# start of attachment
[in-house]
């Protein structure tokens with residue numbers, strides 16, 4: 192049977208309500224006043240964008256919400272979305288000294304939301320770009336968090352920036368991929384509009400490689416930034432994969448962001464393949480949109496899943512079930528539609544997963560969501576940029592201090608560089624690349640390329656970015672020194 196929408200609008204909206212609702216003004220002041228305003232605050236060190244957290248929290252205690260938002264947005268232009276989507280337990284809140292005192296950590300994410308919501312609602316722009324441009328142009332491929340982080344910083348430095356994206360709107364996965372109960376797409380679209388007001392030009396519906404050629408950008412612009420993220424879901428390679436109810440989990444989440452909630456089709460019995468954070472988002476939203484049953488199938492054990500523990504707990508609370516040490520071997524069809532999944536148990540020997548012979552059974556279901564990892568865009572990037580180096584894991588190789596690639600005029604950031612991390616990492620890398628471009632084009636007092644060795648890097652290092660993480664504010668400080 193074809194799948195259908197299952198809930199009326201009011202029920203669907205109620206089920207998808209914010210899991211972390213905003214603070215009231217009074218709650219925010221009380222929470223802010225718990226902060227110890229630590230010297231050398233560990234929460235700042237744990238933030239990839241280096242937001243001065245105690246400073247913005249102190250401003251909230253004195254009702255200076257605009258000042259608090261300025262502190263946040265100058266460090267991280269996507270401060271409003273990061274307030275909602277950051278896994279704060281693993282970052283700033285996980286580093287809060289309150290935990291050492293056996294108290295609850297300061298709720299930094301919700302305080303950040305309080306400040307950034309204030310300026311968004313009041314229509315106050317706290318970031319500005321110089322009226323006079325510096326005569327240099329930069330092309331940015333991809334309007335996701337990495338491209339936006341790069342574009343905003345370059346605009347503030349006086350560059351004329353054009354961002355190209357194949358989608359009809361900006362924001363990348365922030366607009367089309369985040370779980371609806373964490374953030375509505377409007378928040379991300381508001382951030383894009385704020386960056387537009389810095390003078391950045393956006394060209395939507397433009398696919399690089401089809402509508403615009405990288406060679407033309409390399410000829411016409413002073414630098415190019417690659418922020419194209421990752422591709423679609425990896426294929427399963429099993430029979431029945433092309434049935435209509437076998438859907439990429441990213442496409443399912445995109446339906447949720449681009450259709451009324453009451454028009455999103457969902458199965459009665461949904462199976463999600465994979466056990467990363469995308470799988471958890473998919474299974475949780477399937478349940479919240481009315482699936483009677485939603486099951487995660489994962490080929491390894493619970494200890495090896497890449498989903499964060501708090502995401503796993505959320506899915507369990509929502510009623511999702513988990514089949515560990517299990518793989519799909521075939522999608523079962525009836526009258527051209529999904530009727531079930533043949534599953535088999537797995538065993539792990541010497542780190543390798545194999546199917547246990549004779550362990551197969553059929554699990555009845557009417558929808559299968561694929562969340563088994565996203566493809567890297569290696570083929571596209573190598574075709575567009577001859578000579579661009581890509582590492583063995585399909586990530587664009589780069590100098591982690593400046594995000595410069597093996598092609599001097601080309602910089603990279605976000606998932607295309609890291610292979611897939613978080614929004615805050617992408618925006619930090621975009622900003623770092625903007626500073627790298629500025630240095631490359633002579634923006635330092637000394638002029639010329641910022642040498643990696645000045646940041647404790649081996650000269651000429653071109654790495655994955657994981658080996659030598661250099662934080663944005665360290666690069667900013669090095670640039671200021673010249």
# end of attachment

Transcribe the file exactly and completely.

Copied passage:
[in-house]
């Protein structure tokens with residue numbers, strides 16, 4: 192049977208309500224006043240964008256919400272979305288000294304939301320770009336968090352920036368991929384509009400490689416930034432994969448962001464393949480949109496899943512079930528539609544997963560969501576940029592201090608560089624690349640390329656970015672020194 196929408200609008204909206212609702216003004220002041228305003232605050236060190244957290248929290252205690260938002264947005268232009276989507280337990284809140292005192296950590300994410308919501312609602316722009324441009328142009332491929340982080344910083348430095356994206360709107364996965372109960376797409380679209388007001392030009396519906404050629408950008412612009420993220424879901428390679436109810440989990444989440452909630456089709460019995468954070472988002476939203484049953488199938492054990500523990504707990508609370516040490520071997524069809532999944536148990540020997548012979552059974556279901564990892568865009572990037580180096584894991588190789596690639600005029604950031612991390616990492620890398628471009632084009636007092644060795648890097652290092660993480664504010668400080 193074809194799948195259908197299952198809930199009326201009011202029920203669907205109620206089920207998808209914010210899991211972390213905003214603070215009231217009074218709650219925010221009380222929470223802010225718990226902060227110890229630590230010297231050398233560990234929460235700042237744990238933030239990839241280096242937001243001065245105690246400073247913005249102190250401003251909230253004195254009702255200076257605009258000042259608090261300025262502190263946040265100058266460090267991280269996507270401060271409003273990061274307030275909602277950051278896994279704060281693993282970052283700033285996980286580093287809060289309150290935990291050492293056996294108290295609850297300061298709720299930094301919700302305080303950040305309080306400040307950034309204030310300026311968004313009041314229509315106050317706290318970031319500005321110089322009226323006079325510096326005569327240099329930069330092309331940015333991809334309007335996701337990495338491209339936006341790069342574009343905003345370059346605009347503030349006086350560059351004329353054009354961002355190209357194949358989608359009809361900006362924001363990348365922030366607009367089309369985040370779980371609806373964490374953030375509505377409007378928040379991300381508001382951030383894009385704020386960056387537009389810095390003078391950045393956006394060209395939507397433009398696919399690089401089809402509508403615009405990288406060679407033309409390399410000829411016409413002073414630098415190019417690659418922020419194209421990752422591709423679609425990896426294929427399963429099993430029979431029945433092309434049935435209509437076998438859907439990429441990213442496409443399912445995109446339906447949720449681009450259709451009324453009451454028009455999103457969902458199965459009665461949904462199976463999600465994979466056990467990363469995308470799988471958890473998919474299974475949780477399937478349940479919240481009315482699936483009677485939603486099951487995660489994962490080929491390894493619970494200890495090896497890449498989903499964060501708090502995401503796993505959320506899915507369990509929502510009623511999702513988990514089949515560990517299990518793989519799909521075939522999608523079962525009836526009258527051209529999904530009727531079930533043949534599953535088999537797995538065993539792990541010497542780190543390798545194999546199917547246990549004779550362990551197969553059929554699990555009845557009417558929808559299968561694929562969340563088994565996203566493809567890297569290696570083929571596209573190598574075709575567009577001859578000579579661009581890509582590492583063995585399909586990530587664009589780069590100098591982690593400046594995000595410069597093996598092609599001097601080309602910089603990279605976000606998932607295309609890291610292979611897939613978080614929004615805050617992408618925006619930090621975009622900003623770092625903007626500073627790298629500025630240095631490359633002579634923006635330092637000394638002029639010329641910022642040498643990696645000045646940041647404790649081996650000269651000429653071109654790495655994955657994981658080996659030598661250099662934080663944005665360290666690069667900013669090095670640039671200021673010249």